In our animal model studies, diet-induced increase of plasma FFAs level accelerates cancer metastasis. Nonetheless, the contribution of FFAs to cancer metastasis should be viewed in the context of a complex in vivo environment where multiple risk factors interact. For instance, our co-culture experiments show a strong influence of CM cytokines on cancer cell migration (Fig. 8D). Previous studies have also identified a number of other metastasis risk factors in tumour microenvironment including stem cells , fibroblasts , macrophages , collagen fibers , and others. Furthermore, FFAs have been shown to exert immunosuppressive effect by perturbing T cell membrane and inhibiting T cell signal transduction . Given many cell types can be induced to accumulate intracellular lipid, it is unlikely that FFAs exert their impact specifically on cancer cells. To fully understand the impact of FFAs on cancer metastasis, the effects of FFAs on other cell types, particularly tumour stromal cells, should be comprehensively investigated.
Finally, the revelation of lipid-rich CTCs by CARS imaging could enable future development of label-free intravital CARS flow cytometry for early-stage diagnosis of cancer metastasis. Using our current nonlinear optical microscopy set-up, intravital CARS flow cytometry is yet able to discriminate lipid-rich CTCs from lipid-poor blood cells in a microvessel. Possible explanations could be attributed to CARS low sensitivity to flowing cells , interference of lipid-rich components of mouse skins  which descramble CARS signals arising from flowing cells, or un-optimized laser scanning speed per blood flow speed ratio . However, recent advances in optics suggest that challenges for intravital CARS flow cytometry can be overcame. Such advances include adaptive optics which minimizes optical distortion in thick tissues , CARS signal generation from a single picosecond synchronously pumped optical parametric oscillator which increases penetration depth , and video-rate CARS microscopy which improves laser scanning speed . Furthermore, advances in CARS endoscopy  also suggest possible clinical application of CARS imaging in the near future. The discovery of lipid-rich CTCs presented in this paper should facilitate translational development of CARS-based imaging tools for clinical cancer diagnosis.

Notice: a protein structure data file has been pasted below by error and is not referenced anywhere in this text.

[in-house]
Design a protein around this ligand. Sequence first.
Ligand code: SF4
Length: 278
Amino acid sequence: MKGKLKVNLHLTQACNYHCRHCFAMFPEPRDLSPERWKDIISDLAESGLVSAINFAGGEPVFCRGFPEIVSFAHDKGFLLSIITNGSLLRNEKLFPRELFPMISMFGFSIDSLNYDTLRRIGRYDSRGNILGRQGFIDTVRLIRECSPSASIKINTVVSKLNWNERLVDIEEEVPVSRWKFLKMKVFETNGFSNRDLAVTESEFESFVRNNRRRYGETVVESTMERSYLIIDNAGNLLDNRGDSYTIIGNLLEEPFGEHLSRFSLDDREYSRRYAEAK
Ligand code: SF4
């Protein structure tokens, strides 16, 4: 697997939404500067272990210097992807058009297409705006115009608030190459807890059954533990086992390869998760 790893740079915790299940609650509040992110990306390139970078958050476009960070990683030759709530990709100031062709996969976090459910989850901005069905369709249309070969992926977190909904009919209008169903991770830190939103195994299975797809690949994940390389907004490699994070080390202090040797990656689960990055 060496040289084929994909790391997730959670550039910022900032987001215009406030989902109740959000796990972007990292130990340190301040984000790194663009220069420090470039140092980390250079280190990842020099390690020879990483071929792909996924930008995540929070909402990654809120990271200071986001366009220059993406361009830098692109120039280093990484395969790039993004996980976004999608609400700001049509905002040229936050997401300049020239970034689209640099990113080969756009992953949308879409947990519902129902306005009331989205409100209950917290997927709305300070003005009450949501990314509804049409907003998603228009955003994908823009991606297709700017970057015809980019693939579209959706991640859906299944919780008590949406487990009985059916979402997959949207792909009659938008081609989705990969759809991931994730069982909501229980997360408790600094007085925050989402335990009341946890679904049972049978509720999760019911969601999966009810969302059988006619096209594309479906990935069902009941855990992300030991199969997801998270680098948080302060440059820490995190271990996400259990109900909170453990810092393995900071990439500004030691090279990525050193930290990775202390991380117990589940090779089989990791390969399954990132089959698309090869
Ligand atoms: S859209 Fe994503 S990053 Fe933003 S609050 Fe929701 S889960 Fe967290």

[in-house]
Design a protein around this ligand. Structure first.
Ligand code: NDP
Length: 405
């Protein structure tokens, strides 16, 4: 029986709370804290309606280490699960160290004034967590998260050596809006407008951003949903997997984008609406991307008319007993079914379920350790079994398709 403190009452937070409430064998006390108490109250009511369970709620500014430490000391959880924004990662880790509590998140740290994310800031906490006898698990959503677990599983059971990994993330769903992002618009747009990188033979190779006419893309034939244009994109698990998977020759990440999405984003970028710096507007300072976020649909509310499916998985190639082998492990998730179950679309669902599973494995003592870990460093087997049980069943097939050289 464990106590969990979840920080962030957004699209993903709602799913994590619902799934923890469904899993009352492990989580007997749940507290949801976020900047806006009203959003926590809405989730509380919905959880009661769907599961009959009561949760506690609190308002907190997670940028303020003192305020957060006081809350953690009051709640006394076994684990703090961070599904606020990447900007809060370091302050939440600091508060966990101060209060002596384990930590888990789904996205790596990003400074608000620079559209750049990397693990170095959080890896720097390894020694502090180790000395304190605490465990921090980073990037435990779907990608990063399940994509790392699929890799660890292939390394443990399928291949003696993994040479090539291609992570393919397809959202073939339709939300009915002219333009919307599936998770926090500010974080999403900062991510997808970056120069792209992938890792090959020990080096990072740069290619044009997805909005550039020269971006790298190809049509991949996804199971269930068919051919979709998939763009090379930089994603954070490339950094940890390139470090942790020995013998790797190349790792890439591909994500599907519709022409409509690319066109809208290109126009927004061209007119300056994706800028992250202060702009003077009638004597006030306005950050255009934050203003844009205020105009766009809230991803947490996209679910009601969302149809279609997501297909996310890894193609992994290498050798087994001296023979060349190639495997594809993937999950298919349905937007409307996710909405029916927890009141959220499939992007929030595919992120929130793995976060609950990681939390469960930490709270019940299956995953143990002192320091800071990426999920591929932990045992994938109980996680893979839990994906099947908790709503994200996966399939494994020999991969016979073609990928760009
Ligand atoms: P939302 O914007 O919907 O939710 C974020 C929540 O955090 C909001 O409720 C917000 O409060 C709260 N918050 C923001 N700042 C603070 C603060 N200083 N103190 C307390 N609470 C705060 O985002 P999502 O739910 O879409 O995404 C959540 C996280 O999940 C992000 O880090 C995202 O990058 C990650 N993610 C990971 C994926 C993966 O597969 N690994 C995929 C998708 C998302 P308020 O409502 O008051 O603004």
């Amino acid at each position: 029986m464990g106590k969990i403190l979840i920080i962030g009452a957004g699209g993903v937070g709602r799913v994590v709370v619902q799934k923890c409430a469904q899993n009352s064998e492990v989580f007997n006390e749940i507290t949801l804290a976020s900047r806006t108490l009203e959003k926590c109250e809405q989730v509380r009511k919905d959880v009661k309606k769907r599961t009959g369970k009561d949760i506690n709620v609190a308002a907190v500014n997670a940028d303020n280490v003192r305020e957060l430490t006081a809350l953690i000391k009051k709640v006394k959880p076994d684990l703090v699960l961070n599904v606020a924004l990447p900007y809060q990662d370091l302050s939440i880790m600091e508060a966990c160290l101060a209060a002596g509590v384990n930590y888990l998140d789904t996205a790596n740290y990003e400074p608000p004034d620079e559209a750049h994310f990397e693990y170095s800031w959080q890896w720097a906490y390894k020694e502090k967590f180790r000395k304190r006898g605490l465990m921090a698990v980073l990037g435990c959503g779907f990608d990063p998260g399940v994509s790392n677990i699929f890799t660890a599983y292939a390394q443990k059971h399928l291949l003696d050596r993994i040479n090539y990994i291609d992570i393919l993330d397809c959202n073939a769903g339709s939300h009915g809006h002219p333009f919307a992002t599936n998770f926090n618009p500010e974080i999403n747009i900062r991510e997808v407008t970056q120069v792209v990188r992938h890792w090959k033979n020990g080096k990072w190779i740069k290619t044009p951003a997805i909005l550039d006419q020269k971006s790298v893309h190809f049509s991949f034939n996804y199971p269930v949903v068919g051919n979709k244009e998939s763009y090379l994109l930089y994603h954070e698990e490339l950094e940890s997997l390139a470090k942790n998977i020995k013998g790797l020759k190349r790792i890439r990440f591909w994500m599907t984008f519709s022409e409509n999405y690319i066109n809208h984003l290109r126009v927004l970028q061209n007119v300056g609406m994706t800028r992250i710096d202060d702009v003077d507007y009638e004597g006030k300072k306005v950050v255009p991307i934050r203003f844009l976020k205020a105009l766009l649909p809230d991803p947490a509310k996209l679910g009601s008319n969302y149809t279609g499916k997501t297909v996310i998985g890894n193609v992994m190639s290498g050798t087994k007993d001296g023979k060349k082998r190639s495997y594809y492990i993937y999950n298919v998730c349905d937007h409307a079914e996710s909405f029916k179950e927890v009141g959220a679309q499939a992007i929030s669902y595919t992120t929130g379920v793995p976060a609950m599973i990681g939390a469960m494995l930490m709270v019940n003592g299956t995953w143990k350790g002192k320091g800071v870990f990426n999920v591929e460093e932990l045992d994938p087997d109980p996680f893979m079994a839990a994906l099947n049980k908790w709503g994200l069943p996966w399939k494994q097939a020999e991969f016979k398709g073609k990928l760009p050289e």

coherent anti-Stokes Raman scattering
circulating tumour cells
conditioned medium of 0.3 g visceral fat tissue
free fatty acids
green fluorescent protein
high fat diet
red fluorescent protein
sum frequency generation
two-photon excitation fluorescence
visceral fat tissue.
This work is supported by a NIH postdoctoral fellowship F32HL089074 to TTL and a NIH R21 grant EB004966 to JXC. The authors thank IG Camarillo, K Buhman and RT Phan for insightful discussion.